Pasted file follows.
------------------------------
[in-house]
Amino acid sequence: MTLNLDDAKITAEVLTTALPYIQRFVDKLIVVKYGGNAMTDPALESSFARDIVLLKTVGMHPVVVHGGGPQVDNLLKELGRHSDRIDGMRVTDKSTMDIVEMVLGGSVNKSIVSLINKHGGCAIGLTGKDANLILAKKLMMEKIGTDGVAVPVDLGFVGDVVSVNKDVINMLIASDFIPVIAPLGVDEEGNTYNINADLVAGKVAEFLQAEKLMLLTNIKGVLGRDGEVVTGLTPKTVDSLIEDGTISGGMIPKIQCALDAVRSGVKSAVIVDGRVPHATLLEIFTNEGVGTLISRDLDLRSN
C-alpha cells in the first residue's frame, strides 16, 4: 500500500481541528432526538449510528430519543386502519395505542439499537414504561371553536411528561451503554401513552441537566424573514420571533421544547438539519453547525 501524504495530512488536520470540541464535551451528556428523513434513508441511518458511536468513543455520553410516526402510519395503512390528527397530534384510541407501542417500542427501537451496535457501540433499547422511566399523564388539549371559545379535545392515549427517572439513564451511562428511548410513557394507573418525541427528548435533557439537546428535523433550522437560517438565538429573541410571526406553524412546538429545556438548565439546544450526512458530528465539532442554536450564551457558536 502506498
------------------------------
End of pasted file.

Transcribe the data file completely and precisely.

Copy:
[in-house]
Amino acid sequence: MTLNLDDAKITAEVLTTALPYIQRFVDKLIVVKYGGNAMTDPALESSFARDIVLLKTVGMHPVVVHGGGPQVDNLLKELGRHSDRIDGMRVTDKSTMDIVEMVLGGSVNKSIVSLINKHGGCAIGLTGKDANLILAKKLMMEKIGTDGVAVPVDLGFVGDVVSVNKDVINMLIASDFIPVIAPLGVDEEGNTYNINADLVAGKVAEFLQAEKLMLLTNIKGVLGRDGEVVTGLTPKTVDSLIEDGTISGGMIPKIQCALDAVRSGVKSAVIVDGRVPHATLLEIFTNEGVGTLISRDLDLRSN
C-alpha cells in the first residue's frame, strides 16, 4: 500500500481541528432526538449510528430519543386502519395505542439499537414504561371553536411528561451503554401513552441537566424573514420571533421544547438539519453547525 501524504495530512488536520470540541464535551451528556428523513434513508441511518458511536468513543455520553410516526402510519395503512390528527397530534384510541407501542417500542427501537451496535457501540433499547422511566399523564388539549371559545379535545392515549427517572439513564451511562428511548410513557394507573418525541427528548435533557439537546428535523433550522437560517438565538429573541410571526406553524412546538429545556438548565439546544450526512458530528465539532442554536450564551457558536 502506498